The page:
The Conservatives, on the other hand, can perhaps be permitted to feel modestly encouraged by this poll, because it's the first proper semi-corroboration for the jump in their support shown by Ipsos-Mori a couple of months ago.  If they are making progress, the most obvious explanation is that working-class voters in Glasgow feel that Labour haven't being opposing independence strongly enough.  (***SARCASM SIREN***SARCASM SIREN***)  But it should be remembered that the TNS poll in December continued to show the Tories flatlining, so the jury is still out.

The big cause of concern for the SNP is not the trend, but simply that Survation have once again shown them at "only" 42% on the list, which is slightly lower than they achieved in the 2011 election, when of course they required a minimum of twelve list seats to win the overall majority that ultimately secured an independence referendum.  As things stand, they may be doing just about well enough to win on constituency votes alone this time, but they don't have much margin for error to play with if their support starts to slip, or indeed if their vote is being overestimated by Survation.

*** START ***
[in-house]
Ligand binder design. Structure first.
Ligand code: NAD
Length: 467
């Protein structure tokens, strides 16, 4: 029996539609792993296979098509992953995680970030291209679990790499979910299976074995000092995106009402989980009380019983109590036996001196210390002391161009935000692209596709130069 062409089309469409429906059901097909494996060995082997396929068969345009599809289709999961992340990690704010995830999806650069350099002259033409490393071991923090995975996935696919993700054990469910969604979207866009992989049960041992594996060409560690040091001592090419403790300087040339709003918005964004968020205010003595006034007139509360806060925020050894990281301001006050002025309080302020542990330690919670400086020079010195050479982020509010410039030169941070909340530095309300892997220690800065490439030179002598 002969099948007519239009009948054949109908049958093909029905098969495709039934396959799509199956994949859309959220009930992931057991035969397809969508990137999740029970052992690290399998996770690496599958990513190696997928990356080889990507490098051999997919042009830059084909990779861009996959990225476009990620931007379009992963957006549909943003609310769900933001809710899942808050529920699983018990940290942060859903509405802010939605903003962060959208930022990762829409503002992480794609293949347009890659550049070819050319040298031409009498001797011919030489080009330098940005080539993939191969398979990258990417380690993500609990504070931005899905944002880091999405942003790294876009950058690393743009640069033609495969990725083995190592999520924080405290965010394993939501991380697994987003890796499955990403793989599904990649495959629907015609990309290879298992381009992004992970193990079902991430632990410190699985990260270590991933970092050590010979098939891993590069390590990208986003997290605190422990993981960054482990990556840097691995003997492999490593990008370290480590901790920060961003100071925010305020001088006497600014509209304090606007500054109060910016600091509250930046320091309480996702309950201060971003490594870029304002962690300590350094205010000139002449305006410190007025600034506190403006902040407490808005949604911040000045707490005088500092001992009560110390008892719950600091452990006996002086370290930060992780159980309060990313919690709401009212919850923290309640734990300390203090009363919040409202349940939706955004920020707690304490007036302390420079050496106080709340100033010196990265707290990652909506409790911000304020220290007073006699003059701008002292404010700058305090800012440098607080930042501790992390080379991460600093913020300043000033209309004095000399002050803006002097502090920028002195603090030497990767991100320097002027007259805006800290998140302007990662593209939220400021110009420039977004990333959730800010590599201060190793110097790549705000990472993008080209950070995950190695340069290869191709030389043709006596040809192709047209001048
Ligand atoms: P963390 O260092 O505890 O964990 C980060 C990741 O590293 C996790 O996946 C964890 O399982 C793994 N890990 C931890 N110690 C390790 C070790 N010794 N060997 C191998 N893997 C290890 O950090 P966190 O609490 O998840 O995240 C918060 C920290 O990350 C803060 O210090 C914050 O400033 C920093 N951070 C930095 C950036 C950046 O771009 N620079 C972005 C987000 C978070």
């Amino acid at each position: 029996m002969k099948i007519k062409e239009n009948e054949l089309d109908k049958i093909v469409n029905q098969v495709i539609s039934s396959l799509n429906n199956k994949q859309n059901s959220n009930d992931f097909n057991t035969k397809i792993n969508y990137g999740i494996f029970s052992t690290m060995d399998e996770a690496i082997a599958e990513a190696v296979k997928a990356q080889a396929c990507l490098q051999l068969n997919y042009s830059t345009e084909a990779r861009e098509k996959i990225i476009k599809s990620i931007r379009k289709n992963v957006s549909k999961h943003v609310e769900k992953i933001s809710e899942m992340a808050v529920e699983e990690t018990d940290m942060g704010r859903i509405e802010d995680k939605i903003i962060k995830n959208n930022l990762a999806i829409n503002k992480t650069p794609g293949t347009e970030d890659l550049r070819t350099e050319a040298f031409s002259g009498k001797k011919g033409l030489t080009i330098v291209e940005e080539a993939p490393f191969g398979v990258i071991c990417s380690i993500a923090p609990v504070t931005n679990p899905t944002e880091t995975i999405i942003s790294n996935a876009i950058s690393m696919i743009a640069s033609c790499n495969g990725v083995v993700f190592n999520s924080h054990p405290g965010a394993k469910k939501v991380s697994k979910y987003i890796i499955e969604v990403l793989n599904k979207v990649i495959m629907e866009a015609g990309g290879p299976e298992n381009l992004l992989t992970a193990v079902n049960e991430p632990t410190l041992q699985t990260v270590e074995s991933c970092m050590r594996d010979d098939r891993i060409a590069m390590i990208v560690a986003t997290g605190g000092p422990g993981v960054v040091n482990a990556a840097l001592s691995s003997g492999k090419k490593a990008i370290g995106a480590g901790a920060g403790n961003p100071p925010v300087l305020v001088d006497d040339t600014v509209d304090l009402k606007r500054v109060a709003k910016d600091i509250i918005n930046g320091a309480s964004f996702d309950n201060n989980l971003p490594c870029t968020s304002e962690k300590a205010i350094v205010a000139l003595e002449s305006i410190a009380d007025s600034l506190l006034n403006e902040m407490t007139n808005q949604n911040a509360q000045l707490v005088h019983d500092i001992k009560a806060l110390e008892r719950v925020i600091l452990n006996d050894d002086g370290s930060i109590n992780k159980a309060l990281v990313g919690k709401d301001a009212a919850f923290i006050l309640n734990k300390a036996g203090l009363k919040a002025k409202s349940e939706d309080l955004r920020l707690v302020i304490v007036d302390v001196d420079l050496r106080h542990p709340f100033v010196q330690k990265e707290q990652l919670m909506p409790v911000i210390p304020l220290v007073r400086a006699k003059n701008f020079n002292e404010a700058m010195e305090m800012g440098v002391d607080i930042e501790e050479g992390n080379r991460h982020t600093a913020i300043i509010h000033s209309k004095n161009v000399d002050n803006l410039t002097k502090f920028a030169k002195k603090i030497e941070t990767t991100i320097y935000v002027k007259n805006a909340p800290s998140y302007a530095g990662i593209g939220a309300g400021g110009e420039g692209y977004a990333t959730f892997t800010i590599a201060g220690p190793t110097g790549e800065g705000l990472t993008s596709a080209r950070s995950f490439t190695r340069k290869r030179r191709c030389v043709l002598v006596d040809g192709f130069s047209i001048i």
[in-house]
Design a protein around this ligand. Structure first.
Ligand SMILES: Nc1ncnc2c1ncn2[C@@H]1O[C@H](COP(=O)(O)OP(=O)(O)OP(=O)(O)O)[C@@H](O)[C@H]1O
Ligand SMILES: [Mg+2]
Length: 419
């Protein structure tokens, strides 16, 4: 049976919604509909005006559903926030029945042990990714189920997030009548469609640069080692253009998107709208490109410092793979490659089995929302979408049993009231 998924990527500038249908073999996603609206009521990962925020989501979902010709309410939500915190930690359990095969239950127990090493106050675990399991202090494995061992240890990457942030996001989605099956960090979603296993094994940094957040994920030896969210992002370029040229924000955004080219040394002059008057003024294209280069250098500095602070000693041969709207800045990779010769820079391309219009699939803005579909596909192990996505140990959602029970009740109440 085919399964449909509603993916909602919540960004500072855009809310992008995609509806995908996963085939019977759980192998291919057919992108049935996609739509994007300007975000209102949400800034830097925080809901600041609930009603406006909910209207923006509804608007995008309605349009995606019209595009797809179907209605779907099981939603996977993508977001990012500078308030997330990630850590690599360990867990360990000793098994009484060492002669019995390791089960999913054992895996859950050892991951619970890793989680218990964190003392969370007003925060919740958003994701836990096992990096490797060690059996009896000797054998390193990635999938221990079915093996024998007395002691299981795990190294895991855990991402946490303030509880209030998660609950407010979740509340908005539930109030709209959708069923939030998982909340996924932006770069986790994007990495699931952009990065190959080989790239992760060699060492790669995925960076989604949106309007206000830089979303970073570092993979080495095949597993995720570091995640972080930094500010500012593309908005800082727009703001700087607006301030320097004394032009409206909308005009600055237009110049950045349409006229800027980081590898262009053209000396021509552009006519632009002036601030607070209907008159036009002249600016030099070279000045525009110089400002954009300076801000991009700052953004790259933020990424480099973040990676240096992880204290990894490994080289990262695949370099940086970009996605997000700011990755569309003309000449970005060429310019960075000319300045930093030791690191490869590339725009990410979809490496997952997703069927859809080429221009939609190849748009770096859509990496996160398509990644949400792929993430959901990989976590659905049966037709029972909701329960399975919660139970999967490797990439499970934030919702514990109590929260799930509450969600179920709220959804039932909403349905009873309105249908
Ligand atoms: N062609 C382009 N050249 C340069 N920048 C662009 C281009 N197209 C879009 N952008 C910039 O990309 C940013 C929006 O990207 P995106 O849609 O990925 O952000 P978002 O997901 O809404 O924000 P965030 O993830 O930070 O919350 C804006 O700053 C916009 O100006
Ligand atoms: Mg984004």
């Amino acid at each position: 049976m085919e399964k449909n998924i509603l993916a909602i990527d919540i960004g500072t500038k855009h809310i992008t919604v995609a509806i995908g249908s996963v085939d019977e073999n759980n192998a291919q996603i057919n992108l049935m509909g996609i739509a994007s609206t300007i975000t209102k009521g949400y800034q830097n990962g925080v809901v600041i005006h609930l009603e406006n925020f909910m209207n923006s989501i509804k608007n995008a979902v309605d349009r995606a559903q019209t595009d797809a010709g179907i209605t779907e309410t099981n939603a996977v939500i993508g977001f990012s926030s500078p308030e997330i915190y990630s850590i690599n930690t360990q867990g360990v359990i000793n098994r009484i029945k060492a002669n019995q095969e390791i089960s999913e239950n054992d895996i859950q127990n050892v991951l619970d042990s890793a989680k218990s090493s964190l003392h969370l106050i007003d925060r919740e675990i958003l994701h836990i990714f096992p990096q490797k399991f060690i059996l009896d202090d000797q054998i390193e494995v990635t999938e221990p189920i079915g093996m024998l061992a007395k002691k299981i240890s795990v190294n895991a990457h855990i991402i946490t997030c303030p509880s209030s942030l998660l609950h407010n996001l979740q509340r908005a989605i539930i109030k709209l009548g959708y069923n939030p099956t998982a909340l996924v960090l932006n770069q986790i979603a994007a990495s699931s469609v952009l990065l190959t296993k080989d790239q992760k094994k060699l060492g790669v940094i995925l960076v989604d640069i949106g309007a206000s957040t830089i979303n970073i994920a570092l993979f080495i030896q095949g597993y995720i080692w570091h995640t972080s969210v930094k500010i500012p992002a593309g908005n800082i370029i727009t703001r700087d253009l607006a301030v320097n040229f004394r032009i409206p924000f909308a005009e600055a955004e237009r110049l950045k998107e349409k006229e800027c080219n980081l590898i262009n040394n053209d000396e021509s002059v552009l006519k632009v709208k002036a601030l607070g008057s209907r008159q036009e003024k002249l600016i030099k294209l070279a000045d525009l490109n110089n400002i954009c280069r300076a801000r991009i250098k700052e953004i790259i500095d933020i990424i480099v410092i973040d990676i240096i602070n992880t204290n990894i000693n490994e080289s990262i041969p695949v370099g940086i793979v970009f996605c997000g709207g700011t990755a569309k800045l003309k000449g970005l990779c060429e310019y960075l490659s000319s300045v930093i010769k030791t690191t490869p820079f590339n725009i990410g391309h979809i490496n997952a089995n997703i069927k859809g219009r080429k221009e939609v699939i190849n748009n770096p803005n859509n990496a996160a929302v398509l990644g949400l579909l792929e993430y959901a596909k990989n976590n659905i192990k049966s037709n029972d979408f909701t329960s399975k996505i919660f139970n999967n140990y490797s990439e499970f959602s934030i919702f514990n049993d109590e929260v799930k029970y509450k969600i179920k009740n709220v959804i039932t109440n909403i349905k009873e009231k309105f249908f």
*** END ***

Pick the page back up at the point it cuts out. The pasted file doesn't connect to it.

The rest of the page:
Tuesday, January 12, 2016

If you want to, I'll change the situation. Right people, right time, just the wrong location...

A Scot Goes Pop reader found this Tory leaflet dropped through her letterbox in Upper Largo last night, beseeching her to cast her regional list vote for Ruth Davidson.  Upper Largo is in the Mid-Scotland and Fife electoral region.  Ruth Davidson is standing as a regional list candidate in Lothian.  Mind you, she's currently a Glasgow MSP, so perhaps her chicken run is leaving her army of leafletters feeling a little befuddled.  It's a bit like the joke in Doctor Who -

"Oh I do love the spring.  All the leaves...colours..."

"It's October."

"I thought you said we were coming here for May Week."

"I did.  May Week's in June."